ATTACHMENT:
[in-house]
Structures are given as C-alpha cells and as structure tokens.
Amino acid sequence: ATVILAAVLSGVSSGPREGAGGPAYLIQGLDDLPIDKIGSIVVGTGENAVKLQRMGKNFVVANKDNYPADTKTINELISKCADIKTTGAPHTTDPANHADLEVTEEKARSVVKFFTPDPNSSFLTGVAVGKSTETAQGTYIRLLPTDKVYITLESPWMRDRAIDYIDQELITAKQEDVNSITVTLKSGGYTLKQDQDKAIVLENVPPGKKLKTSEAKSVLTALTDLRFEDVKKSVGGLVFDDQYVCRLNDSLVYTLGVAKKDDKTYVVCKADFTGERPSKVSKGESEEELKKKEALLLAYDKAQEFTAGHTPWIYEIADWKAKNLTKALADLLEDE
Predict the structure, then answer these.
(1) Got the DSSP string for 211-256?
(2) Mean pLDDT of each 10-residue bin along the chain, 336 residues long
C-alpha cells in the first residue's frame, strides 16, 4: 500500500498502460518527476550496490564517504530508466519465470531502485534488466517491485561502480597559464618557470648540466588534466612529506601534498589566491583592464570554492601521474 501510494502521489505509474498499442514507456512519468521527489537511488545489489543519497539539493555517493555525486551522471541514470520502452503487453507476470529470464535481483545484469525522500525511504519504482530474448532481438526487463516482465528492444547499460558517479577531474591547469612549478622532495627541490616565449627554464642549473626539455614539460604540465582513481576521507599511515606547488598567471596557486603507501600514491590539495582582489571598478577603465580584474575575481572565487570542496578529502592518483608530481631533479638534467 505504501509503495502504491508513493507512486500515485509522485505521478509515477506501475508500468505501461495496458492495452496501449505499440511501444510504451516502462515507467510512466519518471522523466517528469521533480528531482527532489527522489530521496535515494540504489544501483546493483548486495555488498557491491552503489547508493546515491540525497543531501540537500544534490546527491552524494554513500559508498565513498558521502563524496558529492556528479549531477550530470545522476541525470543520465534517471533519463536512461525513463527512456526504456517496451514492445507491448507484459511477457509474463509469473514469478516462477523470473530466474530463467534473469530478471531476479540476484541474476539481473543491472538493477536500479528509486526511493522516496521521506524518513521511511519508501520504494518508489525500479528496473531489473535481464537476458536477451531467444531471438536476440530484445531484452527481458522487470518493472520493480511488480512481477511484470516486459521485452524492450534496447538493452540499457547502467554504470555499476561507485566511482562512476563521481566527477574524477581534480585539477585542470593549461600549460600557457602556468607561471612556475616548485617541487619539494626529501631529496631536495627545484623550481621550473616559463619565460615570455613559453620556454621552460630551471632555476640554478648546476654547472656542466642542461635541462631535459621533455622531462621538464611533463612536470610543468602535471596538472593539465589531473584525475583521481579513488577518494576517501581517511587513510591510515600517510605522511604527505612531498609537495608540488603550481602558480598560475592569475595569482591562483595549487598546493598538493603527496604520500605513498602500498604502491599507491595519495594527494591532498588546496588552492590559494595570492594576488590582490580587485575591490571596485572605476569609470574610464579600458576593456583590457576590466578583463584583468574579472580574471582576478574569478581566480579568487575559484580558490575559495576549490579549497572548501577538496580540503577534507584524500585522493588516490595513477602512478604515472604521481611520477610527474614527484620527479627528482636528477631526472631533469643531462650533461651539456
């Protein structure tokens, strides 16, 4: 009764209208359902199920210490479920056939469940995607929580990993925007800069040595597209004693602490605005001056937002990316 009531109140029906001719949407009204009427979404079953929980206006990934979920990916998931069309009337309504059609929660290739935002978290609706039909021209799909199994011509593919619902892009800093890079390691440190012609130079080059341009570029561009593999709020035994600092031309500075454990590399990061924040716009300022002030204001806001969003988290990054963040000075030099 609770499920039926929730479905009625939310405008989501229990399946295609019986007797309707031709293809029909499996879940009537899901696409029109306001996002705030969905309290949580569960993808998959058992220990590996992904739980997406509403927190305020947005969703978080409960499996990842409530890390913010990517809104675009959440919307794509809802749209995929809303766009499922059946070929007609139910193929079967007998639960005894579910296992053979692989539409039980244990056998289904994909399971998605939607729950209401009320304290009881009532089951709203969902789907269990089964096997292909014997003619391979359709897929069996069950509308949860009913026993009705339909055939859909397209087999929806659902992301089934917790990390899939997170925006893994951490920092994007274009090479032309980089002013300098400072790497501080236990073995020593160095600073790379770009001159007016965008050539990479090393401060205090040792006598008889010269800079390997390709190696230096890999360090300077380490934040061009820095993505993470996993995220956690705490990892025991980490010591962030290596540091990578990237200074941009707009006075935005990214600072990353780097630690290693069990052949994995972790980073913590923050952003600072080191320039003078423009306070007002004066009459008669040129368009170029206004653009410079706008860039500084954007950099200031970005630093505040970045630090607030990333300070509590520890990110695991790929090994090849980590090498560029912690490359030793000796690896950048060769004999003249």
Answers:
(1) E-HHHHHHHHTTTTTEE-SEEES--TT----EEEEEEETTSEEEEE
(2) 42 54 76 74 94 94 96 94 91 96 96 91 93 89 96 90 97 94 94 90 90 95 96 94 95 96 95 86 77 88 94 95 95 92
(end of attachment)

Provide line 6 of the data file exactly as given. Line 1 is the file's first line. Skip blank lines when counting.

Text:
(2) Mean pLDDT of each 10-residue bin along the chain, 336 residues long